As I wandered around the empty stages, I marveled at the attention to detail that had been put into the whole production at Dirtybird Campout East.
Gone were the relatively minimalist production values of the first Campout I’d attended, and in their place were dazzling, brilliant lights of every color saturation you can possibly imagine, lighting up The Birdhouse and casting shadows over the abandoned dancefloor. Even the palm trees were lit up in a vast array of colors, making the whole place look like a high-end resort instead of a summer camp.
Even the ancillary areas, like the SuperB Owl bar, had been flawlessly executed, all the way down to the gingham and burlap pennant flags cheerfully adorning the rafters and the old-timey sports memorabilia that graced the walls. The sports field had an abundance of hay bales placed around the perimeter for seating, and sets of bags were strewn from one end of the venue to the other for casual pickup games like you had in college.
They’d thought of everything – except, it seems, for the matter of that pesky Thursday night permit.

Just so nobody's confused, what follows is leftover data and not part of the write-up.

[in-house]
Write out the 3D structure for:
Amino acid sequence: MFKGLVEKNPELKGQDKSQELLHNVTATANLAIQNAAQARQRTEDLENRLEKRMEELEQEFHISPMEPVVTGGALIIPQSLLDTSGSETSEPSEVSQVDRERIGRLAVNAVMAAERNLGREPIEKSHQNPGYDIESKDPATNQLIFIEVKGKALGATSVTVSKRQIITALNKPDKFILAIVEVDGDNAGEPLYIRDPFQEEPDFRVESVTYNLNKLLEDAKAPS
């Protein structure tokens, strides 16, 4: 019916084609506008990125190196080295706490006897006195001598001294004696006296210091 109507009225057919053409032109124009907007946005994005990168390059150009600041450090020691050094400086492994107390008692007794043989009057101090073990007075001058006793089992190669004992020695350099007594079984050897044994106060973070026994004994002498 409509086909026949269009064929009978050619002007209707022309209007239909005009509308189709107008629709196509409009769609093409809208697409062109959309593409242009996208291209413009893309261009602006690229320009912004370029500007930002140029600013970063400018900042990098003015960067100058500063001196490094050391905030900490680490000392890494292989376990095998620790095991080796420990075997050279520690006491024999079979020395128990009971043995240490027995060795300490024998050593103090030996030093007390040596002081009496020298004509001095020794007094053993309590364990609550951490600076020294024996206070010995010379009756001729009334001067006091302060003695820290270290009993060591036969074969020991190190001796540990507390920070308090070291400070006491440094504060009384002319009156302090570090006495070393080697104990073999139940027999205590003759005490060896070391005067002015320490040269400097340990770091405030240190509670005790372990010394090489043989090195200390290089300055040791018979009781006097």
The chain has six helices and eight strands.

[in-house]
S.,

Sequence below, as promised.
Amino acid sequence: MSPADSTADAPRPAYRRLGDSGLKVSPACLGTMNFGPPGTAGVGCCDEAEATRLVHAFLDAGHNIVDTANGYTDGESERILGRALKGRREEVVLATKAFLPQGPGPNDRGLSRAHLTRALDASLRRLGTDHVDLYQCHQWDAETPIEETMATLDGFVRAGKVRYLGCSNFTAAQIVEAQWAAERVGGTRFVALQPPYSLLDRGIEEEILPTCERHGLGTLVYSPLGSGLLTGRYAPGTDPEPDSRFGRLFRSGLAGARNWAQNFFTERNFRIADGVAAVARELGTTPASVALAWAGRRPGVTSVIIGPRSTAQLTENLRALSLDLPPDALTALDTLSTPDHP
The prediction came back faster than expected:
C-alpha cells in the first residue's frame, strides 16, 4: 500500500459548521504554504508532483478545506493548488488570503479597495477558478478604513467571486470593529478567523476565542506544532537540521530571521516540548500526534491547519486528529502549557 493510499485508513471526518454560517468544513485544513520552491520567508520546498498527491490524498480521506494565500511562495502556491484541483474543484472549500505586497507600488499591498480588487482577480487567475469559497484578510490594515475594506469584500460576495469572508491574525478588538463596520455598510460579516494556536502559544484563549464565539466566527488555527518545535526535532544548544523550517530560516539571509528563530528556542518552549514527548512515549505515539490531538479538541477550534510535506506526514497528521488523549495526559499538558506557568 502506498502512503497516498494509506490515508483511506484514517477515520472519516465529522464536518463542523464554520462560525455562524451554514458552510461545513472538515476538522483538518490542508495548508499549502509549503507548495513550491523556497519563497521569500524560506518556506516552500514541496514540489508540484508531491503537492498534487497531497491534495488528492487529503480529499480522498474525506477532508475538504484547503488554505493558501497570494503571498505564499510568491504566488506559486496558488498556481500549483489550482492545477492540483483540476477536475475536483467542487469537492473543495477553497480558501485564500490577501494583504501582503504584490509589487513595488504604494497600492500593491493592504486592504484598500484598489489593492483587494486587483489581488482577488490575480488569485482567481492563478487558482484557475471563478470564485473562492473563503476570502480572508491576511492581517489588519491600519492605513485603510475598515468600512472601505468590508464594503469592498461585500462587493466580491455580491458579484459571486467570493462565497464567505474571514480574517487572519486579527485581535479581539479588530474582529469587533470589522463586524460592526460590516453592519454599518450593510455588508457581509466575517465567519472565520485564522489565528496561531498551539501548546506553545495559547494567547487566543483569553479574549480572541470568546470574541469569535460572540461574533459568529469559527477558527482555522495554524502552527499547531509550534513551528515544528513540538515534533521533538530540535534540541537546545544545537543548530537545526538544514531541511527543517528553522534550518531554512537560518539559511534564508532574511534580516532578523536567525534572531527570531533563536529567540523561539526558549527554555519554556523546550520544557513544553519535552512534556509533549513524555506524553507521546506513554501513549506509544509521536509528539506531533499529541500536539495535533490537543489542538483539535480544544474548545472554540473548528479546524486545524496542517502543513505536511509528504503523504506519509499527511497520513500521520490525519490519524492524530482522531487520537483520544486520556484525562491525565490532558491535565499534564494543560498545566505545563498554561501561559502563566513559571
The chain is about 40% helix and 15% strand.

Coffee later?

Now, I’m not here to cast any stones. Mistakes happen, and although it was a huge bummer to miss out on Friday’s lineup, the experience we got in its place at Dirtybird Campout East was something that I doubt will ever be replicated.
As we made our way over to The Bunkhouse for some late night programming, we arrived just in time to hear possibly one of the weirder things that I’ve ever heard over an official channel at a Campout – “Who’s ready for late night drunk soccer?”
This would turn out to be one of the best things I could have possibly borne witness to, because in addition to being a pretty gnarly pickup game in its own right (seriously, those Brazilians were some incredible soccer players), Claude VonStroke himself took the field, drink in hand and raccoon hat on head, and played goalie for the first match. With a running, soccer-on-TV-esque commentary by probably one of the funniest people in history to ever be given a megaphone, we were all laughing so hard we were crying and somehow, we completely forgot about the fact that there was no music.
As I watched Claude saunter off the field after his second game, I was struck for just a moment by how this day had to have gone for him and the other people putting the festival together.